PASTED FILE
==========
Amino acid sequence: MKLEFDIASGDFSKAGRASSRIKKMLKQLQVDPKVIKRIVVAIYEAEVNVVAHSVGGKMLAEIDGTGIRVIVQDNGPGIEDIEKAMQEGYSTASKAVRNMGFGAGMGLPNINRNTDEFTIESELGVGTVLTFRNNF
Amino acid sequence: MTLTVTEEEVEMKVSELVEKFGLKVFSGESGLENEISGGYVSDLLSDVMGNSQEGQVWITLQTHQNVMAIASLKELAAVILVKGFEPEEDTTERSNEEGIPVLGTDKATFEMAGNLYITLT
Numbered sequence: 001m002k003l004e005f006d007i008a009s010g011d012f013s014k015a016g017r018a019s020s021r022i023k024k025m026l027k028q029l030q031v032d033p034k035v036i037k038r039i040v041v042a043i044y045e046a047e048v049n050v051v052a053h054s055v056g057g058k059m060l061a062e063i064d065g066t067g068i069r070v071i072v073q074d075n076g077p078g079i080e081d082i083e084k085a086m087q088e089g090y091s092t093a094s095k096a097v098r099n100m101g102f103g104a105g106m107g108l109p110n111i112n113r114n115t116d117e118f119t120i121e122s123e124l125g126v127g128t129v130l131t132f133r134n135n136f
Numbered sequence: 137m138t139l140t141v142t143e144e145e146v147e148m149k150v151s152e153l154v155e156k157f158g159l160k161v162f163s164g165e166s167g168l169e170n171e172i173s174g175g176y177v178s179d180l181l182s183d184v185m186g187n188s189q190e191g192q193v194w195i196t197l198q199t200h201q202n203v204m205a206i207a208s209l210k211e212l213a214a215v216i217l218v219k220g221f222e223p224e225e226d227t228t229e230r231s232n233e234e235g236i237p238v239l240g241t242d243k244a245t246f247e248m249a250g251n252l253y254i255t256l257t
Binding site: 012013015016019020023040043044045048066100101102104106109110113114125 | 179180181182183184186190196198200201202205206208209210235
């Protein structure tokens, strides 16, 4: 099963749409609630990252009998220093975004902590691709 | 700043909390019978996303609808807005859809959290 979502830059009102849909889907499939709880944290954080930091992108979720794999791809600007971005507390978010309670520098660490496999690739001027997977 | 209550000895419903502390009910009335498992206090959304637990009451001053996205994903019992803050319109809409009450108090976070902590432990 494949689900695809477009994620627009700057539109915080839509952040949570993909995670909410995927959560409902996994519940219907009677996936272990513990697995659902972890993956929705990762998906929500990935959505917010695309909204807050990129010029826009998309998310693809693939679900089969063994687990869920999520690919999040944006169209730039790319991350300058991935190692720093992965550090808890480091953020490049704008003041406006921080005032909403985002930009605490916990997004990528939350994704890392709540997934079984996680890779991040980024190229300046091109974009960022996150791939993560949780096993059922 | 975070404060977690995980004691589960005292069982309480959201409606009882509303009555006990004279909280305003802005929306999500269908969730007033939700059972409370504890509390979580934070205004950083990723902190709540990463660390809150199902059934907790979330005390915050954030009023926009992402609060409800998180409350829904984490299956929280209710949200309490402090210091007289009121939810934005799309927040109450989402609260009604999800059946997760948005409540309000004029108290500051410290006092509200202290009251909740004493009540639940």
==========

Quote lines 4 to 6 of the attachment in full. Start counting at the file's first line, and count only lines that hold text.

Numbered sequence: 137m138t139l140t141v142t143e144e145e146v147e148m149k150v151s152e153l154v155e156k157f158g159l160k161v162f163s164g165e166s167g168l169e170n171e172i173s174g175g176y177v178s179d180l181l182s183d184v185m186g187n188s189q190e191g192q193v194w195i196t197l198q199t200h201q202n203v204m205a206i207a208s209l210k211e212l213a214a215v216i217l218v219k220g221f222e223p224e225e226d227t228t229e230r231s232n233e234e235g236i237p238v239l240g241t242d243k244a245t246f247e248m249a250g251n252l253y254i255t256l257t
Binding site: 012013015016019020023040043044045048066100101102104106109110113114125 | 179180181182183184186190196198200201202205206208209210235
């Protein structure tokens, strides 16, 4: 099963749409609630990252009998220093975004902590691709 | 700043909390019978996303609808807005859809959290 979502830059009102849909889907499939709880944290954080930091992108979720794999791809600007971005507390978010309670520098660490496999690739001027997977 | 209550000895419903502390009910009335498992206090959304637990009451001053996205994903019992803050319109809409009450108090976070902590432990 494949689900695809477009994620627009700057539109915080839509952040949570993909995670909410995927959560409902996994519940219907009677996936272990513990697995659902972890993956929705990762998906929500990935959505917010695309909204807050990129010029826009998309998310693809693939679900089969063994687990869920999520690919999040944006169209730039790319991350300058991935190692720093992965550090808890480091953020490049704008003041406006921080005032909403985002930009605490916990997004990528939350994704890392709540997934079984996680890779991040980024190229300046091109974009960022996150791939993560949780096993059922 | 975070404060977690995980004691589960005292069982309480959201409606009882509303009555006990004279909280305003802005929306999500269908969730007033939700059972409370504890509390979580934070205004950083990723902190709540990463660390809150199902059934907790979330005390915050954030009023926009992402609060409800998180409350829904984490299956929280209710949200309490402090210091007289009121939810934005799309927040109450989402609260009604999800059946997760948005409540309000004029108290500051410290006092509200202290009251909740004493009540639940």